So yeah, having that sort of crutch in the first level(s) as you learn the ins and outs of these moves makes complete sense, but should be something you leave behind by the second world at least.

The hidden springs were a real bitch in Silent Forest Zone 2. Not being able to see the ones at the end of the vine loop formations caused me to jump to my death over and over until I accidentally hit the ledge one time. <_<

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The hidden springs were a real bitch in Silent Forest Zone 2. Not being able to see the ones at the end of the vine loop formations caused me to jump to my death over and over until I accidentally hit the ledge one time. <_<

Ah. I was able to make that jump at first, but once I found out there was a spring there it suddenly got a lot more difficult, as if knowing you're supposed to use a spring to cross the gap made me realize how wide it was...

 

That reminds me, while I prefer the 2D levels in SLW to the boost games for the most part, one problem that stuck around (from Colours/Generations at least, can't recall if Unleashed had this problem) is the really small platforms. It wasn't as common, at least to my memory, but still got annoying sometimes, like in Sky Road Zone 2.

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My biggest hope gameplay-wise, if they stick to LW's style (which could easily not happen, but...could also easily happen??? 50/50 I guess), is that they do away with those hidden springs. I mean, in the very first level I can maybe understand it, but it's annoying how, until literally Lava Mountain Zone 3, they rely too much on springs to take you somewhere that you can easily by running up a wall and/or wall jumps. I mean, you can always just avoid said springs, just like dash panels and stuff, but 1) that's a bit too much work, 2) this sort of thing shouldn't be a self-imposed challenge, and 3) ...it feels pointless, especially since the game wouldn't be that much harder if they got rid of the springs and stuff?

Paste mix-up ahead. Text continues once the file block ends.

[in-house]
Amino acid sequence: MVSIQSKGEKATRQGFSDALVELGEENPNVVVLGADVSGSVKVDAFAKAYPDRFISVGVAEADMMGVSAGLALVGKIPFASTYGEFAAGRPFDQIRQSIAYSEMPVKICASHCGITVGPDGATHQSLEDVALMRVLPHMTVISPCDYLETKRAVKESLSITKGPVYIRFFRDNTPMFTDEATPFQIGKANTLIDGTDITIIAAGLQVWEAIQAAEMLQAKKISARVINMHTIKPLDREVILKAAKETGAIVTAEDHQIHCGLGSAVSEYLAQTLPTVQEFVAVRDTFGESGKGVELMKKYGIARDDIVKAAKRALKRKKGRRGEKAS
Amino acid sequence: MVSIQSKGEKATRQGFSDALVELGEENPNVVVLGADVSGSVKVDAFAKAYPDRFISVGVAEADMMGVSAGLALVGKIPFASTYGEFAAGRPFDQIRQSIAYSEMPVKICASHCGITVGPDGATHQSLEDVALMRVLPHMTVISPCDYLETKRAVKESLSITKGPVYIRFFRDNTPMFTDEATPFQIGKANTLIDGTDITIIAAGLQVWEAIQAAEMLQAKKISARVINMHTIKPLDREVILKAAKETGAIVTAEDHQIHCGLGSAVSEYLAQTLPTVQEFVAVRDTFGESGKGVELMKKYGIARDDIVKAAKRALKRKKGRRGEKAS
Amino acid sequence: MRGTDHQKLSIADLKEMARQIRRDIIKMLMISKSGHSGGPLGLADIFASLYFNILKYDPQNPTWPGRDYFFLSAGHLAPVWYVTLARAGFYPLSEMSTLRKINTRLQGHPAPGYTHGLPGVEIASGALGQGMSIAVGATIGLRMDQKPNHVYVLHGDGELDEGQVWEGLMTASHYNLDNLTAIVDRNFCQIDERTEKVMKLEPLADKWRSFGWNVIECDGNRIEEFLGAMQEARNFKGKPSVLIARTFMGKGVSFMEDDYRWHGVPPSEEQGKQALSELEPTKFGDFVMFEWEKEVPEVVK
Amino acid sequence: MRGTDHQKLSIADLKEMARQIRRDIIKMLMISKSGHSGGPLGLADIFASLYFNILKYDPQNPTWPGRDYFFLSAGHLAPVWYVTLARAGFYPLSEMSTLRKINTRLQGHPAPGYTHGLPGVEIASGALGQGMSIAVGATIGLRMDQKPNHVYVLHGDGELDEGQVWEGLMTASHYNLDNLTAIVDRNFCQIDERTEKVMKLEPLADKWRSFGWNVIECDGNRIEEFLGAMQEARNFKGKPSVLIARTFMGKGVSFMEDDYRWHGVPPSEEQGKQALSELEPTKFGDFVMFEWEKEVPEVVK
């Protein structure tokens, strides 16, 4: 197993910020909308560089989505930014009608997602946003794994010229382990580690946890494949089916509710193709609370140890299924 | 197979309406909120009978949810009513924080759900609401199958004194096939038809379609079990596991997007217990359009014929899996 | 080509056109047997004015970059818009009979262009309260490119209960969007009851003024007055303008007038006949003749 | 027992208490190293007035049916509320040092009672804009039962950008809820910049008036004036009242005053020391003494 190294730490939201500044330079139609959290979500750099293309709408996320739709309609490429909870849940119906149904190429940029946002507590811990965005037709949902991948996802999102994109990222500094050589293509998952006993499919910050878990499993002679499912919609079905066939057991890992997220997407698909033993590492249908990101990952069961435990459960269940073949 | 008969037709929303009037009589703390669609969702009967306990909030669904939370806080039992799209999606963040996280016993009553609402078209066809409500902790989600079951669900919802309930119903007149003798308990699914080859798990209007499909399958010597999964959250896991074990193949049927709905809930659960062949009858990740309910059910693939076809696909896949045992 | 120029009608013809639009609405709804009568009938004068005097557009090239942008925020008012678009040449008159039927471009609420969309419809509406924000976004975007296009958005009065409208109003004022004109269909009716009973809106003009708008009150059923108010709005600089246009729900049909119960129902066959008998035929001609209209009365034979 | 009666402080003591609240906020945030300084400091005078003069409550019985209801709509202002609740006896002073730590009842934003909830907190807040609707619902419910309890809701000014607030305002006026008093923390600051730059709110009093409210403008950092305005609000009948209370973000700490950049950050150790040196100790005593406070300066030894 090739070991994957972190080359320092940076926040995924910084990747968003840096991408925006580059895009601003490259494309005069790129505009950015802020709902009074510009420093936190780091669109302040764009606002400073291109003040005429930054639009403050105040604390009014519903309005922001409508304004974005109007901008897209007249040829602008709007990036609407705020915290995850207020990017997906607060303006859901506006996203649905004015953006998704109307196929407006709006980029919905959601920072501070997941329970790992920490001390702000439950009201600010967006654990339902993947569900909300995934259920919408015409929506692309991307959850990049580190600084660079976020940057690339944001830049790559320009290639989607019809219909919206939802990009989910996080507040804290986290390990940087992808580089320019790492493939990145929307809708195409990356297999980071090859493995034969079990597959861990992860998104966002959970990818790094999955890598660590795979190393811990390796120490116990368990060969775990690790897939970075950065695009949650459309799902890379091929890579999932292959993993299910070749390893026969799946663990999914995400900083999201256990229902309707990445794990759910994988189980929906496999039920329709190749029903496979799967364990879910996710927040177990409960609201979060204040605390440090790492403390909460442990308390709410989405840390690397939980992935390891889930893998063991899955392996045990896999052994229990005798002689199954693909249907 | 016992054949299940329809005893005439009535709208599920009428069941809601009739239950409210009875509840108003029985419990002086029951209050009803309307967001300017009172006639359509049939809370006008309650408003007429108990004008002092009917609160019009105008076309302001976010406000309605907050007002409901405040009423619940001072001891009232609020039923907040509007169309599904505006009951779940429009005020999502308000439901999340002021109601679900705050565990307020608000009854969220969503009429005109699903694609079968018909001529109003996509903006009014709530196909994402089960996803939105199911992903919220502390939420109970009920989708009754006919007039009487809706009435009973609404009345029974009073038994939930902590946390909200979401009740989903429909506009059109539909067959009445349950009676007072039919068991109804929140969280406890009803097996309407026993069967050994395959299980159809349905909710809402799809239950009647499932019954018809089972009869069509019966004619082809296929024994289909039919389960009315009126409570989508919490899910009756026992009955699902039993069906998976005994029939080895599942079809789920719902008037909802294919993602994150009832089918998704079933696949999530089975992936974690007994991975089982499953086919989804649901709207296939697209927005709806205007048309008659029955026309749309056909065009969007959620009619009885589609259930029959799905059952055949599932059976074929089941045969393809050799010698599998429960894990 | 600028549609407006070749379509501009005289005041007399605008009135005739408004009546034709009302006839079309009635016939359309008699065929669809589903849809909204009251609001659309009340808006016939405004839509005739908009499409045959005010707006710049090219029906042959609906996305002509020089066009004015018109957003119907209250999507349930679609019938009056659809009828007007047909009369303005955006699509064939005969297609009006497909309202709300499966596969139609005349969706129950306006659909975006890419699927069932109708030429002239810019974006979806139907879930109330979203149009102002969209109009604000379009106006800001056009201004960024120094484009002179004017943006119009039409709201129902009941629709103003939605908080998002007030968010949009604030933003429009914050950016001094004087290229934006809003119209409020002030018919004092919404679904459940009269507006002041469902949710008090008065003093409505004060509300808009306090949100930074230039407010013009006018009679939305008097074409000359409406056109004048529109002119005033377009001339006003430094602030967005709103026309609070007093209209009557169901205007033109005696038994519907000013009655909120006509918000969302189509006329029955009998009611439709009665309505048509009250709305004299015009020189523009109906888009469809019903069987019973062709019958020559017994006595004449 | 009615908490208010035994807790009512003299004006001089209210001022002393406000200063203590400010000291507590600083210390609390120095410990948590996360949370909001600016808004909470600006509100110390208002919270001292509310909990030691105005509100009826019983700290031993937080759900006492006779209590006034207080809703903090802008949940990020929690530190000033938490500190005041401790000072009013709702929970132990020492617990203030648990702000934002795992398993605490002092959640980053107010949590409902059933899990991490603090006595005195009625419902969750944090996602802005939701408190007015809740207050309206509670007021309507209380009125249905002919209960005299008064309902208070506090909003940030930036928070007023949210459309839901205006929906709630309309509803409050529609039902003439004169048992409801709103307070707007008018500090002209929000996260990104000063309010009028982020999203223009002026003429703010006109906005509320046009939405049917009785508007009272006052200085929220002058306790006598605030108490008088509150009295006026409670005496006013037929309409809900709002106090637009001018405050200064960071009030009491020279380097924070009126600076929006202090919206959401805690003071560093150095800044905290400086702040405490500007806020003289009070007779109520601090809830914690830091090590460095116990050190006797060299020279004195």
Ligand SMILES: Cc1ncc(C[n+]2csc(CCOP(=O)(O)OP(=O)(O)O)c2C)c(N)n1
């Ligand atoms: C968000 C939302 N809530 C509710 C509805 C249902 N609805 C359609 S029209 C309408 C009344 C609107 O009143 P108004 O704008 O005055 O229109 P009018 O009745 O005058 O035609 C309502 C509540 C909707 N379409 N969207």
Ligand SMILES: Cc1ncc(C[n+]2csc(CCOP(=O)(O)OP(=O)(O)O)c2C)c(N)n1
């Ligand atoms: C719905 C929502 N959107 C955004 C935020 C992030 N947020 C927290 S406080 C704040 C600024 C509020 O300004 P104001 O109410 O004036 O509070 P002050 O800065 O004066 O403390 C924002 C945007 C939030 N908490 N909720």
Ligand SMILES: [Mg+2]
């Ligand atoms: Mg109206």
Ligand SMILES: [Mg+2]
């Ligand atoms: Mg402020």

I feel like the only reason springs are still around is that they're a key iconic element of the series, like it or not. They really shouldn't be plastered everywhere, though. I think they should be hidden in places we wouldn't expect them to be and lead to special collectables or something, kinda like the warp boxes in the Super Mario 3D "geological word here" games, instead of being cinematic transitions to easy to reach platforms and existing solely for cinematic purposes.

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I think one compromise would be, you have to search carefully to find hidden springs that work as a quick shortcut to somewhere (preferably places that are actually difficult or even impossible to reach for Sonic/whoever), that might be interesting--in fact, there's a few cases of this already in SLW, for what it's worth.

 

For some reason I'm imagining something like the bonus areas in Crash Bandicoot, haha.

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Could someone explain to me why hidden springs were even included in the first place? The only purpose they seem to serve is to bait me into thinking that I'm about to get my parkour on until I'm automatically sprung through a portion of the level as if Lost World's rendition of the super guide was activated.

If I'm never going to be given a chance to try and parkour my way through a level on my own, then why not just make said springs visible in the first place? Was Sonic Team really that surprised at the amount of springs they had littered each level with that they had to make most of them invisible?